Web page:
I hope you’ll be as intrigued as I am by this article. The changes we’ll see in work in the next decade will be exciting and expanding. Here’s a taste.
By ELIZABETH POPE
HEALTH navigator? Conflict coach? Pollution mitigation outreach worker? These emerging jobs aren’t household terms yet, but they are a natural fit for older people looking for new career opportunities, said Phyllis Segal, vice president at Civic Ventures, a nonprofit research group based in San Francisco.
Jobs in health care, education, government and nonprofit organizations are likely to grow in coming years because of an aging population, pending retirements and demographic changes, said Barry Bluestone, a labor economist at Northeastern University.
This past weekend I had the good fortune to attend an independently organized TED (Technology Entertainment Design) event in Manhattan Beach. TED is all about Ideas Worth Spreading; you can find more about this at TED.com. While I learned so much during this one day event, I’ve found myself talking about a particular presentation about play and fun and see how this ‘plays’ out in work – mine, my clients’, and my 13 year old son’s.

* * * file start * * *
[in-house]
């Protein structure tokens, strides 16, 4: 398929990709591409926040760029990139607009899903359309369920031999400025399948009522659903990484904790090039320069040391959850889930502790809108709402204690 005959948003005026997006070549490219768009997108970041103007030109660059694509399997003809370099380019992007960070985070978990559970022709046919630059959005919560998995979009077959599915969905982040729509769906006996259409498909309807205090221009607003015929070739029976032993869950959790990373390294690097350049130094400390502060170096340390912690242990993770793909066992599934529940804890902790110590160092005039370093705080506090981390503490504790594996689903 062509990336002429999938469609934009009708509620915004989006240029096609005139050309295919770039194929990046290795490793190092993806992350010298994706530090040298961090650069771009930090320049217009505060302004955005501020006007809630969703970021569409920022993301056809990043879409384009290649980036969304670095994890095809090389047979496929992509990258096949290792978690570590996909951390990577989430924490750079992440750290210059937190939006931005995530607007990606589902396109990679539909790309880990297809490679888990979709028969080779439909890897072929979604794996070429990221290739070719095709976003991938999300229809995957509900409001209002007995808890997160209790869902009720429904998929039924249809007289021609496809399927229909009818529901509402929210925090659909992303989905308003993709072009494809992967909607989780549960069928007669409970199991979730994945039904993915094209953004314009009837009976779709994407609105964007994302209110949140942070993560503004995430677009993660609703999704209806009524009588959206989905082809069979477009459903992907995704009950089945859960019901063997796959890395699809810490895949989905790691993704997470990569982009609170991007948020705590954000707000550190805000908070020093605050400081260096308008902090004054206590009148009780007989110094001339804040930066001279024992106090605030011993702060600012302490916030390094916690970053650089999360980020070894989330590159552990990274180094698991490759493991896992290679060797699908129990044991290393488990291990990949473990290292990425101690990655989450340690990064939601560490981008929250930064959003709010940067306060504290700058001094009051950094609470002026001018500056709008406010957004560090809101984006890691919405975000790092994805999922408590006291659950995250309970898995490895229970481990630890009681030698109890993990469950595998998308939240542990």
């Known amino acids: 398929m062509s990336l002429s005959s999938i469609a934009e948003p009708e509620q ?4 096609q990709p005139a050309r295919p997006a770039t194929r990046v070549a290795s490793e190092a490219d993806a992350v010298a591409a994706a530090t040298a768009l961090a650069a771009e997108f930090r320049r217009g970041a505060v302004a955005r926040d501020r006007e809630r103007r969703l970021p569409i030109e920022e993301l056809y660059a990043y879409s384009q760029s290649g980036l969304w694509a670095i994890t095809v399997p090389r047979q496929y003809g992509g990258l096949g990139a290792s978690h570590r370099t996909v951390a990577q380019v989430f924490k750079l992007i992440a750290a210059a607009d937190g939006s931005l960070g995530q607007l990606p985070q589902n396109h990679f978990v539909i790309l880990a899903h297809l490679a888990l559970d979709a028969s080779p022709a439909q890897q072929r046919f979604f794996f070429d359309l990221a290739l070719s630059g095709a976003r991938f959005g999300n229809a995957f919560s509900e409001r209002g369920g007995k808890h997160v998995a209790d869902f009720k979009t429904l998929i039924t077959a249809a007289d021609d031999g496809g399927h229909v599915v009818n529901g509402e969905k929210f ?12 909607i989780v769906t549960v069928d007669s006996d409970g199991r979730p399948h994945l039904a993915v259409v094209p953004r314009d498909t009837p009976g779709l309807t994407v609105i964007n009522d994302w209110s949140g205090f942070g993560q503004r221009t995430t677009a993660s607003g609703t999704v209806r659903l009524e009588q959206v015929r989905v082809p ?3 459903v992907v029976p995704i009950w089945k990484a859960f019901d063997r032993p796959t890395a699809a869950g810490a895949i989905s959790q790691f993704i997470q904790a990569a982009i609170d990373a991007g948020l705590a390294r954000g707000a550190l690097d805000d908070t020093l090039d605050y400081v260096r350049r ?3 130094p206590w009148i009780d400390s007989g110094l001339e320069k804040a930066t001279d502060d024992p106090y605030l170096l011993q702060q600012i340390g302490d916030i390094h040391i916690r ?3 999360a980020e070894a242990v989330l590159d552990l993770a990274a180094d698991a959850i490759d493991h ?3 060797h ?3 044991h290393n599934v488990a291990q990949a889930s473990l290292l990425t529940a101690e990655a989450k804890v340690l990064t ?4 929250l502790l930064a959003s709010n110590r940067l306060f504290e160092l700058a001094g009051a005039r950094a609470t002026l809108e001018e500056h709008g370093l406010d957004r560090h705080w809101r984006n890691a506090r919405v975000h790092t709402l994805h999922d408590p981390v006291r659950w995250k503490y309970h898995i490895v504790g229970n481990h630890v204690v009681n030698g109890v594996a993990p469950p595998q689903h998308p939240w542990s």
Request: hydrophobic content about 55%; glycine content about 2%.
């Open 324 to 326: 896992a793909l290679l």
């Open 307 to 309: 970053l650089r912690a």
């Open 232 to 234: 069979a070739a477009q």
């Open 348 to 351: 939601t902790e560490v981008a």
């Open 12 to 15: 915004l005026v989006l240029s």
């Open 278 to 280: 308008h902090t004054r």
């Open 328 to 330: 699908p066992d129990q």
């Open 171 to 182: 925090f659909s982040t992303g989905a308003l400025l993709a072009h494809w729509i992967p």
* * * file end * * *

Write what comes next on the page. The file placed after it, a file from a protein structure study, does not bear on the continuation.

Michael Shore, VP of Worldwide Consumer Insights at Mattel Inc. presented valuable research about what fun means to a wide cross section of kids, summarizing this with 10 Expressions of Fun. I’ve been measuring my sense of fun against these. And, after presenting this list to my video playing obsessed son, understand more about what he gets from these games, and appreciate more what we’re all really after. In fact, fun is absolutely key to a satisfying career. Check yourself against these 10 Expressions of Fun. How much are these a part of your work and life?